This is a case of Ewing versus California. The case is being heard in the Second Appellate district in the Court of Appeals in California. The original case was argued on the fifth of November in 2002 and the decision was made on the fifth of March in 2003.
Case Discussion and History
A New York DWI Lawyer said California is one of the states that have initiated a three strikes rule. Under this law it is stated that if an person is convicted of a felony and has been convicted of two vicious or serious felonies in the past, an indeterminate life term in prison will be given. The defendant will be eligible for parole on a date that is relevant to the minimum term of the case. In this particular case the parole date is set at 25 years.
The petitioner of the case, Ewing, was on parole and during this time frame he was convicted of a felony grand theft. Ewing stole three golf clubs that were valued at approximately $400 a piece. Based on the requirements of the three strikes law, the prosecutor alleged that Ewing had been convicted of four previous felony charges and because of this should received a conviction of 25 years to life. A New York DWI Lawyer said at the time the court refused to use discretion in reducing the charges of the stolen golf clubs to a misdemeanor, under a state law that would allow the court to do so.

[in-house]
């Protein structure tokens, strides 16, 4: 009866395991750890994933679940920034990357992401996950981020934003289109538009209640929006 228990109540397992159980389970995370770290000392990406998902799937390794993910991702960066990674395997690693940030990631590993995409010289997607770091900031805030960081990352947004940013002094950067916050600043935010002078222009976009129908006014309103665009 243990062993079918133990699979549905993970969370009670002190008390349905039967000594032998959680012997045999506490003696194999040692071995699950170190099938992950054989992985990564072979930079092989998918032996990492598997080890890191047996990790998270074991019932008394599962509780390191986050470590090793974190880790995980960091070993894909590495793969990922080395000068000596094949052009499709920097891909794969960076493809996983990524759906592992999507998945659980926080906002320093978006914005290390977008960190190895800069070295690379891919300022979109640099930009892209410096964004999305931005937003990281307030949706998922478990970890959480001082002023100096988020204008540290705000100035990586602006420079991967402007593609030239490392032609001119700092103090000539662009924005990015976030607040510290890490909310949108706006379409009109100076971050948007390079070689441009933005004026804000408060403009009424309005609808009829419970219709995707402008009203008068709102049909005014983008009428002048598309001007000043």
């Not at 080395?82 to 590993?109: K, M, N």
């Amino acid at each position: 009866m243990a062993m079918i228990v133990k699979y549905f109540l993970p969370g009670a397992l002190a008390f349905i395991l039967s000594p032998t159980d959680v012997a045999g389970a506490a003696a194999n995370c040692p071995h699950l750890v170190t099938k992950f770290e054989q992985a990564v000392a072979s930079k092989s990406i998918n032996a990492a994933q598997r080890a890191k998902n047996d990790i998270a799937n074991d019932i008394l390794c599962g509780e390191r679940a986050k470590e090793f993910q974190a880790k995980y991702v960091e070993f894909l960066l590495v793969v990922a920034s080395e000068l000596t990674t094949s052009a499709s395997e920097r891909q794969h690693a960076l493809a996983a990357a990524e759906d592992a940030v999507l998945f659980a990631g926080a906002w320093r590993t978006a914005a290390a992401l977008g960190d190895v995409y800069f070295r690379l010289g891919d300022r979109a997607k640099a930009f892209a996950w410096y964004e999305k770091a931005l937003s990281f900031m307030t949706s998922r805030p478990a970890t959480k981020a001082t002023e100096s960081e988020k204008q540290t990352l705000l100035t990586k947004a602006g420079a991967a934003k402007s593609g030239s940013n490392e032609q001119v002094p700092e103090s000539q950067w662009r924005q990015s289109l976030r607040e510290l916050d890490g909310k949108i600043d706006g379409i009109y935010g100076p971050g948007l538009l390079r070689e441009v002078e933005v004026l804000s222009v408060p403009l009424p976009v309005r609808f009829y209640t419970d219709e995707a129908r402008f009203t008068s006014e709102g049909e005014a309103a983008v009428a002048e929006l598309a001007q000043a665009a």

When appealed in the State Court of Appeal, the verdict was affirmed. The court refused the claim of the appellant that stated his sentencing was disproportionate to the crimes committed. The court reasoned that the purpose of the three strikes law was to deter repeat offenders and this was at work in this particular case. The Supreme Court denied any review of the case.
Judges Reasoning in the Case
Justice Kennedy, Justice O’Connor, and the Chief Justice have all concluded that the sentencing that Ewing received was appropriate and there was no violation of the Eighth Amendment in the case. It is found that the Eighth Amendment is narrowly proportionate and only applies to sentences that are noncapital offences.
Additionally, the states that have enacted three strike laws have made a deliberate choice in policy when dealing with repeat offenders. The laws are in place to deal with criminals that repeatedly engage in violent and serious criminal activities and who have shown that no matter which conventional punishment is given, they are unwilling to change their behaviors. Although these laws are somewhat new, the courts typically will stand with the state legislatures on issues such as this that are of such importance.
While Ewing claims that the punishment is not proportionate for the crime he committed, it stands to reason that the offense should not be taken lightly. This particular offense cannot be defined as a “wobbler” as defined by the state. A Nassau County DWI Lawyer said the crime was considerable and unless is defined as a misdemeanor by the court, will be considered a felony and this court is unwilling to redefine this.
While in other states the maximum sentencing for a case such as this would be lower, we find that the sentencing is not excessive in this case in the state of California. The previous judgment and sentencing in the case are affirmed.
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